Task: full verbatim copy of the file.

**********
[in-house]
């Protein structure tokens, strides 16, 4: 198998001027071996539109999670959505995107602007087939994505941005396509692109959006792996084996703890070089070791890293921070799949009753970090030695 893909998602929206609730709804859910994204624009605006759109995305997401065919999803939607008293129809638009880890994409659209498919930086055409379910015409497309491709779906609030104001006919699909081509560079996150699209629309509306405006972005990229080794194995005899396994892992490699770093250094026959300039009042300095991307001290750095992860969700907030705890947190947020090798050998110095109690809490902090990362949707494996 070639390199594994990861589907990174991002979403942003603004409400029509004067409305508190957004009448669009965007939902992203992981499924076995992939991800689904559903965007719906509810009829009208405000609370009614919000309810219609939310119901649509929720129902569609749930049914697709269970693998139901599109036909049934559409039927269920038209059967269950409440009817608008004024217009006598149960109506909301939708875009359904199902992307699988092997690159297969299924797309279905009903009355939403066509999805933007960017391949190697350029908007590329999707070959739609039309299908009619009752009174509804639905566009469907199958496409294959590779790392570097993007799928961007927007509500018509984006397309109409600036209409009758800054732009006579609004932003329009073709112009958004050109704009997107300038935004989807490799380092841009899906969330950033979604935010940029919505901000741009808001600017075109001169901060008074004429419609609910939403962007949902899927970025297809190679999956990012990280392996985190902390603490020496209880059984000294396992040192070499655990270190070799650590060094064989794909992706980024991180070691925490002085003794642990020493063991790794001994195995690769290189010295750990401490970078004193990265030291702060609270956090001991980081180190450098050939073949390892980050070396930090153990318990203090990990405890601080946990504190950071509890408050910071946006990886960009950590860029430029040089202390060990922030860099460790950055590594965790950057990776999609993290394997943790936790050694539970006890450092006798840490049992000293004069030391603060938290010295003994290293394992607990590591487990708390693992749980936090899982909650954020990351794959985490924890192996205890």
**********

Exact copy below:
[in-house]
């Protein structure tokens, strides 16, 4: 198998001027071996539109999670959505995107602007087939994505941005396509692109959006792996084996703890070089070791890293921070799949009753970090030695 893909998602929206609730709804859910994204624009605006759109995305997401065919999803939607008293129809638009880890994409659209498919930086055409379910015409497309491709779906609030104001006919699909081509560079996150699209629309509306405006972005990229080794194995005899396994892992490699770093250094026959300039009042300095991307001290750095992860969700907030705890947190947020090798050998110095109690809490902090990362949707494996 070639390199594994990861589907990174991002979403942003603004409400029509004067409305508190957004009448669009965007939902992203992981499924076995992939991800689904559903965007719906509810009829009208405000609370009614919000309810219609939310119901649509929720129902569609749930049914697709269970693998139901599109036909049934559409039927269920038209059967269950409440009817608008004024217009006598149960109506909301939708875009359904199902992307699988092997690159297969299924797309279905009903009355939403066509999805933007960017391949190697350029908007590329999707070959739609039309299908009619009752009174509804639905566009469907199958496409294959590779790392570097993007799928961007927007509500018509984006397309109409600036209409009758800054732009006579609004932003329009073709112009958004050109704009997107300038935004989807490799380092841009899906969330950033979604935010940029919505901000741009808001600017075109001169901060008074004429419609609910939403962007949902899927970025297809190679999956990012990280392996985190902390603490020496209880059984000294396992040192070499655990270190070799650590060094064989794909992706980024991180070691925490002085003794642990020493063991790794001994195995690769290189010295750990401490970078004193990265030291702060609270956090001991980081180190450098050939073949390892980050070396930090153990318990203090990990405890601080946990504190950071509890408050910071946006990886960009950590860029430029040089202390060990922030860099460790950055590594965790950057990776999609993290394997943790936790050694539970006890450092006798840490049992000293004069030391603060938290010295003994290293394992607990590591487990708390693992749980936090899982909650954020990351794959985490924890192996205890």